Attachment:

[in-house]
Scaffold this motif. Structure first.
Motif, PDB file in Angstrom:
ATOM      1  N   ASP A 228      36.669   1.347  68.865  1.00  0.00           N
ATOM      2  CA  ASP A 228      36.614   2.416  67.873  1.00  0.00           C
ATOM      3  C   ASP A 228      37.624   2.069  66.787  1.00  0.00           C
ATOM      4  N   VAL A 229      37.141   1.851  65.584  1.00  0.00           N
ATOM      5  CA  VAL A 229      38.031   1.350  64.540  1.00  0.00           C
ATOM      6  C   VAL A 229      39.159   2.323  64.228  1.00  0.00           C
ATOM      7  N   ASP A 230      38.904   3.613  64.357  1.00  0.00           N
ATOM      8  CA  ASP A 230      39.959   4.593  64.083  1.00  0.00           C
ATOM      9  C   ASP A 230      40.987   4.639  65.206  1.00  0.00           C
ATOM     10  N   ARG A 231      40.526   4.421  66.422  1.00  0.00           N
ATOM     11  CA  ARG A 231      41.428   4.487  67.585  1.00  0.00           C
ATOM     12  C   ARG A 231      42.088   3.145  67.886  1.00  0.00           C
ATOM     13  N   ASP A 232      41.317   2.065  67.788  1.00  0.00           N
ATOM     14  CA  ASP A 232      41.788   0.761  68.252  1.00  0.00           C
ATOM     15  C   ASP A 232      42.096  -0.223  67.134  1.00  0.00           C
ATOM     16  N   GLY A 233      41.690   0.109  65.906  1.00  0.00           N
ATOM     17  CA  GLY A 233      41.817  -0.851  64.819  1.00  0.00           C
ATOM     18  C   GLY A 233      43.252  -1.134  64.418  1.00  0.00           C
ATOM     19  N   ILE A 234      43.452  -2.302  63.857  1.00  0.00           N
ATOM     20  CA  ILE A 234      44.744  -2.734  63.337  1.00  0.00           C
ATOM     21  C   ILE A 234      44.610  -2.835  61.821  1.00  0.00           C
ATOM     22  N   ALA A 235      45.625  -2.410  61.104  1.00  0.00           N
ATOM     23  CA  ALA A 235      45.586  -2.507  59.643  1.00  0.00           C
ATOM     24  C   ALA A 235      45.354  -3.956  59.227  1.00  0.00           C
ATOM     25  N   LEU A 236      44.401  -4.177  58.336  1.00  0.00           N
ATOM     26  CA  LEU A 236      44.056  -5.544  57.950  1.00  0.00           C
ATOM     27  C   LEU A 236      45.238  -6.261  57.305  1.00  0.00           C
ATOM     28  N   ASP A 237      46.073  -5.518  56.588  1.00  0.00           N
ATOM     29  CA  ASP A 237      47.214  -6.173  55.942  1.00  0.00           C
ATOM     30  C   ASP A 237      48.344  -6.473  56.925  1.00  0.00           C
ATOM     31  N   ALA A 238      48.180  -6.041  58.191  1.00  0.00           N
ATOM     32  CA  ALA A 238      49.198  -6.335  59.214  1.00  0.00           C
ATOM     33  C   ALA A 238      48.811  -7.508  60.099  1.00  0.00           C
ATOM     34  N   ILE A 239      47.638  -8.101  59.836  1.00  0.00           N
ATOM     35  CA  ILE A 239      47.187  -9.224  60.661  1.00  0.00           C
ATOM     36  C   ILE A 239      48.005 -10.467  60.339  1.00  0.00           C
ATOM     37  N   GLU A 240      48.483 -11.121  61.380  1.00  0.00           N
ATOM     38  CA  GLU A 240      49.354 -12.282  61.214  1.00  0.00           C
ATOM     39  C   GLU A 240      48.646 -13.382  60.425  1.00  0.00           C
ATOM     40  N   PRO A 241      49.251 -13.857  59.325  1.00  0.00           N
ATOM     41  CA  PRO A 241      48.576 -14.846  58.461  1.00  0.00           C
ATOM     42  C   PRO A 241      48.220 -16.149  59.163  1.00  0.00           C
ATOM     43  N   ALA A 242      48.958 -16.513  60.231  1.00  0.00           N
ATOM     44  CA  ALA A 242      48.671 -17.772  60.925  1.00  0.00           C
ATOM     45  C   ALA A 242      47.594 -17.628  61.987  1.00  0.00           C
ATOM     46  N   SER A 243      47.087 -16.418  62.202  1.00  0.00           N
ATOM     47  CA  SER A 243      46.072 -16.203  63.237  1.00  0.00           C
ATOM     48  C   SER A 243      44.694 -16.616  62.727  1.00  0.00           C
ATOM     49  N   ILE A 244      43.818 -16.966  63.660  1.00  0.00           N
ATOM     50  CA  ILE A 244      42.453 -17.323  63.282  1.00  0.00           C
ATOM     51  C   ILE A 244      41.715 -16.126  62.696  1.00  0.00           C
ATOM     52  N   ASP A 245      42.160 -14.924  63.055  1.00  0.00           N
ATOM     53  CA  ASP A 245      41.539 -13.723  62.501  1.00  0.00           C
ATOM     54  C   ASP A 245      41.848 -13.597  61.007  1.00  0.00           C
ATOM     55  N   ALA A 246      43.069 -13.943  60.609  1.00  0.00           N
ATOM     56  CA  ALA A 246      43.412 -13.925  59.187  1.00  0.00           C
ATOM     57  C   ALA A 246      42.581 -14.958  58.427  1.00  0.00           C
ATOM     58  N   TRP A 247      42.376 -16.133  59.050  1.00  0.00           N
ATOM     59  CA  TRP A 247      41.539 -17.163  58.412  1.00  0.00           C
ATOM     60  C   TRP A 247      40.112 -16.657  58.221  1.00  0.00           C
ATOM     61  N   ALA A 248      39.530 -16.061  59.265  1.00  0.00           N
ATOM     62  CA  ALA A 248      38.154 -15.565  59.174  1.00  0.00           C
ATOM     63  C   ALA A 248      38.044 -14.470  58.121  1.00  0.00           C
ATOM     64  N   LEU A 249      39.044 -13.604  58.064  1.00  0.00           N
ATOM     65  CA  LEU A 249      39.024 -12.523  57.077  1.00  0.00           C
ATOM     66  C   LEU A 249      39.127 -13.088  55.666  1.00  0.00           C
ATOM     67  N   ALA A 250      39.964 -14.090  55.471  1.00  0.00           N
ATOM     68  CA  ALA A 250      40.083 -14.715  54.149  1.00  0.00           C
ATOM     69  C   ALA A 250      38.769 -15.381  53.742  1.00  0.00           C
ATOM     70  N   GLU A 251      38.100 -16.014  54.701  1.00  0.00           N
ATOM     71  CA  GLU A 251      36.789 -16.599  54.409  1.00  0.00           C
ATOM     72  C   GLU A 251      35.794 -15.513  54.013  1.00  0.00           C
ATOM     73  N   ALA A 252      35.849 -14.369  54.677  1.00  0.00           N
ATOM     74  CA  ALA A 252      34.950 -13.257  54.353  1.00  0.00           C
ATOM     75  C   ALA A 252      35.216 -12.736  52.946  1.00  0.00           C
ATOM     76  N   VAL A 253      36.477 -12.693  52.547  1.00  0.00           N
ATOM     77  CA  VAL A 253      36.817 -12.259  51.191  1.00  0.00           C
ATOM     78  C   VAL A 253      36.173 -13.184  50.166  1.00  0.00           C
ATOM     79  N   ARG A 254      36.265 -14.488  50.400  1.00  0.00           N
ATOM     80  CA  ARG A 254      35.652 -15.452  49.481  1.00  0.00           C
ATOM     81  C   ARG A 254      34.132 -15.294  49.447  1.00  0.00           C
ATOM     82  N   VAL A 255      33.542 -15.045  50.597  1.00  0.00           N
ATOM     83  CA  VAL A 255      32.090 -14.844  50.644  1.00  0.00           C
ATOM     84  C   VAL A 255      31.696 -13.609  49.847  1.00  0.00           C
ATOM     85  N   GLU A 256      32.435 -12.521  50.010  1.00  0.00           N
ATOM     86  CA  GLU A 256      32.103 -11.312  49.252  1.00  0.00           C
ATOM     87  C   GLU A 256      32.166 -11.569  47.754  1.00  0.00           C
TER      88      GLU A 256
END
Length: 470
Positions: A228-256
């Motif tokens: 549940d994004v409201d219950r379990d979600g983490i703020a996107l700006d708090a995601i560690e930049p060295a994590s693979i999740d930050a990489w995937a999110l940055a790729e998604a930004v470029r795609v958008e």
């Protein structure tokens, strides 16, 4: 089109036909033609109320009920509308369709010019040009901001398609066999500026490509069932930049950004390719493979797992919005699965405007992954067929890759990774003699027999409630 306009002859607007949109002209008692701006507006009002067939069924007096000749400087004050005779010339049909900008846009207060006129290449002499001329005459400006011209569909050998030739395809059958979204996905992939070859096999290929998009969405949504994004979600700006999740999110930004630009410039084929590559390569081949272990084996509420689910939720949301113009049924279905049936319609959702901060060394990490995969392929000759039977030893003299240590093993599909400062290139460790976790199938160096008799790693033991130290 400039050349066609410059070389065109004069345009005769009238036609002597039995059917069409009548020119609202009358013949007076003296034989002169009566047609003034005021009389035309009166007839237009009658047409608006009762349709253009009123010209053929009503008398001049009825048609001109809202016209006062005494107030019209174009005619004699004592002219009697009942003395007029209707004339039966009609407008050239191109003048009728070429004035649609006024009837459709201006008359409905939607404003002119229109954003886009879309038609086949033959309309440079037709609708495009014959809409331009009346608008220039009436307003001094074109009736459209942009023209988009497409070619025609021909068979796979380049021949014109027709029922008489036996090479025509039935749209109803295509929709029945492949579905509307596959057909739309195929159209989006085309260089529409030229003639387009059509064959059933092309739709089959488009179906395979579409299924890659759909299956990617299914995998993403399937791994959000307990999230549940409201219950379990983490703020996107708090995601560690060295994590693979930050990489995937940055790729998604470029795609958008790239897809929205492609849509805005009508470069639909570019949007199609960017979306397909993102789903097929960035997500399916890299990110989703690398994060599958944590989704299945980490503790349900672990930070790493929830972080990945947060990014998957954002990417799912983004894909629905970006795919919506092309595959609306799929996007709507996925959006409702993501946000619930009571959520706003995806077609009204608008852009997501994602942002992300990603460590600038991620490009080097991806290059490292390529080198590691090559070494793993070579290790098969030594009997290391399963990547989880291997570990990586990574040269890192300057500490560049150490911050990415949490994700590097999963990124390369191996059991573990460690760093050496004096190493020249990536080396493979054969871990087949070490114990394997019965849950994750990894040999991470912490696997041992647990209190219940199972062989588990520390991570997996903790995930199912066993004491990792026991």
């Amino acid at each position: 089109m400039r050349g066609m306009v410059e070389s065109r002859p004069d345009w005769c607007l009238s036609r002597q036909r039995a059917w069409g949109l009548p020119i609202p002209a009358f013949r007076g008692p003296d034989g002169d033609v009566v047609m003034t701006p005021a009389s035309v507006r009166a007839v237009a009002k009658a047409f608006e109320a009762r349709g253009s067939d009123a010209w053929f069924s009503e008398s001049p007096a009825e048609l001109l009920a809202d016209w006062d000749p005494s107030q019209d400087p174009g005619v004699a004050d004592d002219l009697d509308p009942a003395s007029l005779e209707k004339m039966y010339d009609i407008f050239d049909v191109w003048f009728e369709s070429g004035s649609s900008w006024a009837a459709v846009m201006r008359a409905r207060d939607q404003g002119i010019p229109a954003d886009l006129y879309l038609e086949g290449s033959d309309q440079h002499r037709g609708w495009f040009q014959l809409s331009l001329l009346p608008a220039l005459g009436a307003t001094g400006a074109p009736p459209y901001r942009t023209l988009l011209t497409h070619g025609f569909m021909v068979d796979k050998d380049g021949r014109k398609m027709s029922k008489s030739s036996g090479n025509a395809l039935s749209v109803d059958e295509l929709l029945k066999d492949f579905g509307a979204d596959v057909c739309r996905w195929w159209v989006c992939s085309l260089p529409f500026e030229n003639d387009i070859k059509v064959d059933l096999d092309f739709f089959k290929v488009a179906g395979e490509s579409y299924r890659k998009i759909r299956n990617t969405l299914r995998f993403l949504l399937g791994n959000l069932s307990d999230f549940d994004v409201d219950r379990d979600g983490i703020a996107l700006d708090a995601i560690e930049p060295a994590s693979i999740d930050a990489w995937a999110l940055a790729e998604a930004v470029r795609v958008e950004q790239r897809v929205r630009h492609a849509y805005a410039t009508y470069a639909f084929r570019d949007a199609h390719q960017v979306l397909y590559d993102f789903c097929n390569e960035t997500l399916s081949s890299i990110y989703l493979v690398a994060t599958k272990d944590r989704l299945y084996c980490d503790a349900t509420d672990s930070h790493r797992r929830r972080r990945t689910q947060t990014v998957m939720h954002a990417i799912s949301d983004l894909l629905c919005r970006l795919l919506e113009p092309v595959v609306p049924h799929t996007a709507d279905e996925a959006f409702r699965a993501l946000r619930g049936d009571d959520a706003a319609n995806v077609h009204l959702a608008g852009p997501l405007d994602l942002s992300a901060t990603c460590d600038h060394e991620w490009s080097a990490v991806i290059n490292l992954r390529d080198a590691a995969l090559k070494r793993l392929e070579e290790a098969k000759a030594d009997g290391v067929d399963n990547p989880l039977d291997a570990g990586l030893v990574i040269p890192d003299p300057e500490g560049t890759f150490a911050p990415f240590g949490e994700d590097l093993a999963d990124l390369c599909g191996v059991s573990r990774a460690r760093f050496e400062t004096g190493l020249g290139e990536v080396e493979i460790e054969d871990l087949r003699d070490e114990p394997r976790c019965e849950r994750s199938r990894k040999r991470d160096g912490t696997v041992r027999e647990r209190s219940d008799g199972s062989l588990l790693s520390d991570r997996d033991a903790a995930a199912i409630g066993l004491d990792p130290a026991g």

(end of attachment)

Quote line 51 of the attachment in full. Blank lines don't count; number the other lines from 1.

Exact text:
ATOM     48  C   SER A 243      44.694 -16.616  62.727  1.00  0.00           C